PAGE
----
Ceramides make up 50% of the goopy stuff that's between our skin cells and play a super important role in having a healthy skin barrier and keeping the skin hydrated.  [more]
what‑it‑does soothing
what‑it‑does antioxidant
what‑it‑does antioxidant | antimicrobial/antibacterial | preservative
Japanese pepper extract that has natural antibacterial and preservative activities. Combined with Usnea Barbata and Pulsatilla Koreana, it is part of a popular Korean preservative system called EURO-NApre. [more]
what‑it‑does antimicrobial/antibacterial | preservative
The extract of Korean Pasque Flower that is mostly used for its antimicrobial and natural preservative activities. It usually comes to the formula combined with Zanthoxylum Piperitum and Usnea Barbata, as the three extracts make up a popular Korean natural preservative system trade named EURO-NApre.  [more]
what‑it‑does preservative | antimicrobial/antibacterial
The extract coming from the alpine lichen, Usnea Barbata. It is known for its excellent efficacy against gram-positive bacteria, meaning that it can serve as a natural preservative and deodorant agent.Its main biologically active component is usnic acid (a molecule produced only by lichens) that's not only an antibacterial agent, but also has antioxidant, anti-inflammatory and wound-h [more]
what‑it‑does solvent
A multi-functional helper ingredient that acts as a humectant and emollient. It's also a solvent and can boost the effectiveness of preservatives. [more]
what‑it‑does preservative | antimicrobial/antibacterial
A little helper ingredient that works as a preservative. It works against bacteria and some species of fungi and yeast. [more]
what‑it‑does antioxidant
irritancy, com. 0, 0
A form of vitamin E that works as an antioxidant. Compared to the pure form it's more stable, has longer shelf life, but it's also more poorly absorbed by the skin. [more]
what‑it‑does skin-identical ingredient
An amino acid that is one of the primary building blocks of hair keratin and skin collagen. It's a natural moisturizing factor and might also help to speed up wound healing.  [more]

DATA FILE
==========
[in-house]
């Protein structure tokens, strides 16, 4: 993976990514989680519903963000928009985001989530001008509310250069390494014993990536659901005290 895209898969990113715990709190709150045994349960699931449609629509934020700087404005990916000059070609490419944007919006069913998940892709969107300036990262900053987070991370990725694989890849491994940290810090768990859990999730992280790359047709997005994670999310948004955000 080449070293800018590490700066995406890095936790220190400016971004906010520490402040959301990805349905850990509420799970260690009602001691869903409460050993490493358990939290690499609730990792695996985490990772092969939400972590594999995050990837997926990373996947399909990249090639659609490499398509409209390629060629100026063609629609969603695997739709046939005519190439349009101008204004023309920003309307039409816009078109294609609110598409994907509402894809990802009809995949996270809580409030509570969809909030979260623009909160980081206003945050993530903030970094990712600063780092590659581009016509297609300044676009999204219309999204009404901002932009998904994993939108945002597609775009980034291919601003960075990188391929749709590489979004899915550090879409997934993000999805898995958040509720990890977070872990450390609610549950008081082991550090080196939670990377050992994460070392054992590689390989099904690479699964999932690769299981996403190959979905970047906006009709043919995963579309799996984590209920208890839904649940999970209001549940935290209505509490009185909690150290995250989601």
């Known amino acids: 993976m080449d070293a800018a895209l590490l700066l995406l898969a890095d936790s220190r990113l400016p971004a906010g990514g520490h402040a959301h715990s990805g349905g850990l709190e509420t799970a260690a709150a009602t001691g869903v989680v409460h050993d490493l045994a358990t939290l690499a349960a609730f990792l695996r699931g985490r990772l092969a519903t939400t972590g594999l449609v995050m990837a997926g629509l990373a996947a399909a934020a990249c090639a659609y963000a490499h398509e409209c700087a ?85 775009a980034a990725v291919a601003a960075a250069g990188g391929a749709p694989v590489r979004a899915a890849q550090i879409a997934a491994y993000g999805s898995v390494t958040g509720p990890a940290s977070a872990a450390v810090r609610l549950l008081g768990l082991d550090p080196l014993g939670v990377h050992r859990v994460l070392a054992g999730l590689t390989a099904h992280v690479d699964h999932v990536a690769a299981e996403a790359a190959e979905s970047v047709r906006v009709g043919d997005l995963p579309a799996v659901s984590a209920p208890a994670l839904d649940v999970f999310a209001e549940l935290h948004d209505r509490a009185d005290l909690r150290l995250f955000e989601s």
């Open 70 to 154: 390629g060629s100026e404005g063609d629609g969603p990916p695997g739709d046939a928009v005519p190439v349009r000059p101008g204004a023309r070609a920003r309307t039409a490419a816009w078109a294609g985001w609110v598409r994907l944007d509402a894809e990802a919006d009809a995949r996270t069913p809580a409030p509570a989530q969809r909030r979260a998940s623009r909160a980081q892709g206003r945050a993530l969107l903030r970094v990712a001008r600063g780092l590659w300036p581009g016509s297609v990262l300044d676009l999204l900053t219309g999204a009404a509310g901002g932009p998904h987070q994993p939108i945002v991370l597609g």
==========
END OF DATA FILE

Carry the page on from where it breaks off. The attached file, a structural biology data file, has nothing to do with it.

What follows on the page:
what‑it‑does viscosity controlling
irritancy, com. 0, 1
A handy white powder that magically converts a liquid into a nice gel formula. [more]
what‑it‑does viscosity controlling
A nice little helper ingredient that can thicken up cosmetic products and create beautiful gel formulas. It's derived from cellulose, the major component of the cell wall of green plants. [more]
what‑it‑does surfactant/cleansing | emulsifying
A glycerin-derived gentle cleansing agent that is described as being skin and eye-friendly, and not leaving the skin dry or tight. Also used as a co-emulsifier.
what‑it‑does skin-identical ingredient | moisturizer/humectant
irritancy, com. 0, 0
A real oldie but a goodie. Great natural moisturizer and skin-identical ingredient that plays an important role in skin hydration and general skin health. [more]
what‑it‑does chelating | viscosity controlling
Super common little helper ingredient that helps products to remain nice and stable for a longer time. It does so by neutralizing the metal ions in the formula (that usually get into there from water) that would otherwise cause some not so nice changes. [more]
what‑it‑does perfuming
The generic term for nice smelling stuff put into cosmetic products so that the end product also smells nice. It is made up of 30 to 50 chemicals on average. [more]